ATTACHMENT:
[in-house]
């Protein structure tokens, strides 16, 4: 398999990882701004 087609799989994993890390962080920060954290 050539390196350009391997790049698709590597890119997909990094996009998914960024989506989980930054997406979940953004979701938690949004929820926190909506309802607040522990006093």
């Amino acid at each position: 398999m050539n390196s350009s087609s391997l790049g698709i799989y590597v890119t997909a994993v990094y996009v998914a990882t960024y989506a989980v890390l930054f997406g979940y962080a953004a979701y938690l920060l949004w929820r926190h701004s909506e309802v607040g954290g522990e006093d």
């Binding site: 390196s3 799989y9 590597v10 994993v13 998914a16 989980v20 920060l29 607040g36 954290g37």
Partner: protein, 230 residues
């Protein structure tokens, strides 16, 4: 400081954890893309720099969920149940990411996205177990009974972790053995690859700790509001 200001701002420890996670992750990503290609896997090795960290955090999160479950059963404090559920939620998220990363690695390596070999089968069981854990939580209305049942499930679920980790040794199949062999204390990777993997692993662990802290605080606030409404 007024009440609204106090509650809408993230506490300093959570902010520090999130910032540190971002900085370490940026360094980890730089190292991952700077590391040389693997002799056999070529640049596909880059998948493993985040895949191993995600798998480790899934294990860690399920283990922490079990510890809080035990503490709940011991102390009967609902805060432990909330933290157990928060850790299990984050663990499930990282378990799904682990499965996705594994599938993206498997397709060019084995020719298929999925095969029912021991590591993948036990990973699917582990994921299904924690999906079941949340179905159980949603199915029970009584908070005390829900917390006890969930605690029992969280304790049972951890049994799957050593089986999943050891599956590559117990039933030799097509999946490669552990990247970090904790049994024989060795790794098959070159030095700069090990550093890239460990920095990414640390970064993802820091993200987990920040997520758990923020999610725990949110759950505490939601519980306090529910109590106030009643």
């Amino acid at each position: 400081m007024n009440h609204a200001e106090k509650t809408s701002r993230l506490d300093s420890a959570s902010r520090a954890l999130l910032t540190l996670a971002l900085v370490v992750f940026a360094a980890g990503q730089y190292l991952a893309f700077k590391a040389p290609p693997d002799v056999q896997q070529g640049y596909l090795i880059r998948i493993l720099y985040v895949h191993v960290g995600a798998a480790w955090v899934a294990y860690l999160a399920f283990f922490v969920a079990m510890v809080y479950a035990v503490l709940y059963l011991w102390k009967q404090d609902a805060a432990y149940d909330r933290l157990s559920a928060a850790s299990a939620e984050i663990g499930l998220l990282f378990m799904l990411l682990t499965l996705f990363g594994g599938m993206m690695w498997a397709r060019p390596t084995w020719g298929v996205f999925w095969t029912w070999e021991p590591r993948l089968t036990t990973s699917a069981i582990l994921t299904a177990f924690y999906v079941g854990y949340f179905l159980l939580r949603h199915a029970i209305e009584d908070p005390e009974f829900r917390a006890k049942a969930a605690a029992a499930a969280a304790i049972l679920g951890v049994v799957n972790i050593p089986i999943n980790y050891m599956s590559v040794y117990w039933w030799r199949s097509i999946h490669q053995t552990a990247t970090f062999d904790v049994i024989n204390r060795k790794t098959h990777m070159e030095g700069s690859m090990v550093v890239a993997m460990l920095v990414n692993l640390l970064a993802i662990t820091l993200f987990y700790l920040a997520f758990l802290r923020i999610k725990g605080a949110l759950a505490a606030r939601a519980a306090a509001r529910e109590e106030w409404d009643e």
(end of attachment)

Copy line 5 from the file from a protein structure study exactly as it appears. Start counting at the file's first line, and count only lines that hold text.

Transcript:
Partner: protein, 230 residues